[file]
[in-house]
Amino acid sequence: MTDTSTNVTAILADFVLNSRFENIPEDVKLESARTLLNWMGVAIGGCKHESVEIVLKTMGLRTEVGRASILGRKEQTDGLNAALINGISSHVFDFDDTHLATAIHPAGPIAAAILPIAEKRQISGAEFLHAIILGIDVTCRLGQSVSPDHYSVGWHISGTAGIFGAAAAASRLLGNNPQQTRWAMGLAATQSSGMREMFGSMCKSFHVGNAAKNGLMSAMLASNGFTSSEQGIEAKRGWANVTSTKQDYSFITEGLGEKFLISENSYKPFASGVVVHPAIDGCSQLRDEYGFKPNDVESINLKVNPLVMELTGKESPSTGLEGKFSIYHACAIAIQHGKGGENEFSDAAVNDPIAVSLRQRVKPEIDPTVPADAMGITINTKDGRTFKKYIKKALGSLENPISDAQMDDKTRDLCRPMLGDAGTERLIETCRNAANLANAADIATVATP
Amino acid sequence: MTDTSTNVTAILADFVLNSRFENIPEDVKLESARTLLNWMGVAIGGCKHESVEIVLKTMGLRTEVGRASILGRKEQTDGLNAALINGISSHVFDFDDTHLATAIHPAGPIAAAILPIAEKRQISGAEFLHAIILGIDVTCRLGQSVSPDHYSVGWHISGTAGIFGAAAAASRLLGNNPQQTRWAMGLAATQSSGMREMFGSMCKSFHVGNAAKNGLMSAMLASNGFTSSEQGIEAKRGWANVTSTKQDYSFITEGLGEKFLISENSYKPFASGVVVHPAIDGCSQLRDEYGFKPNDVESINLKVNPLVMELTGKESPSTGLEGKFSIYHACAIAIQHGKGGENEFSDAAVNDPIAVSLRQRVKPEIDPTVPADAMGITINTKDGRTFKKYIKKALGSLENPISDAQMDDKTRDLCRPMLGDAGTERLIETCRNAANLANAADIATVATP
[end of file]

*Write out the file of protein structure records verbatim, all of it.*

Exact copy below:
[in-house]
Amino acid sequence: MTDTSTNVTAILADFVLNSRFENIPEDVKLESARTLLNWMGVAIGGCKHESVEIVLKTMGLRTEVGRASILGRKEQTDGLNAALINGISSHVFDFDDTHLATAIHPAGPIAAAILPIAEKRQISGAEFLHAIILGIDVTCRLGQSVSPDHYSVGWHISGTAGIFGAAAAASRLLGNNPQQTRWAMGLAATQSSGMREMFGSMCKSFHVGNAAKNGLMSAMLASNGFTSSEQGIEAKRGWANVTSTKQDYSFITEGLGEKFLISENSYKPFASGVVVHPAIDGCSQLRDEYGFKPNDVESINLKVNPLVMELTGKESPSTGLEGKFSIYHACAIAIQHGKGGENEFSDAAVNDPIAVSLRQRVKPEIDPTVPADAMGITINTKDGRTFKKYIKKALGSLENPISDAQMDDKTRDLCRPMLGDAGTERLIETCRNAANLANAADIATVATP
Amino acid sequence: MTDTSTNVTAILADFVLNSRFENIPEDVKLESARTLLNWMGVAIGGCKHESVEIVLKTMGLRTEVGRASILGRKEQTDGLNAALINGISSHVFDFDDTHLATAIHPAGPIAAAILPIAEKRQISGAEFLHAIILGIDVTCRLGQSVSPDHYSVGWHISGTAGIFGAAAAASRLLGNNPQQTRWAMGLAATQSSGMREMFGSMCKSFHVGNAAKNGLMSAMLASNGFTSSEQGIEAKRGWANVTSTKQDYSFITEGLGEKFLISENSYKPFASGVVVHPAIDGCSQLRDEYGFKPNDVESINLKVNPLVMELTGKESPSTGLEGKFSIYHACAIAIQHGKGGENEFSDAAVNDPIAVSLRQRVKPEIDPTVPADAMGITINTKDGRTFKKYIKKALGSLENPISDAQMDDKTRDLCRPMLGDAGTERLIETCRNAANLANAADIATVATP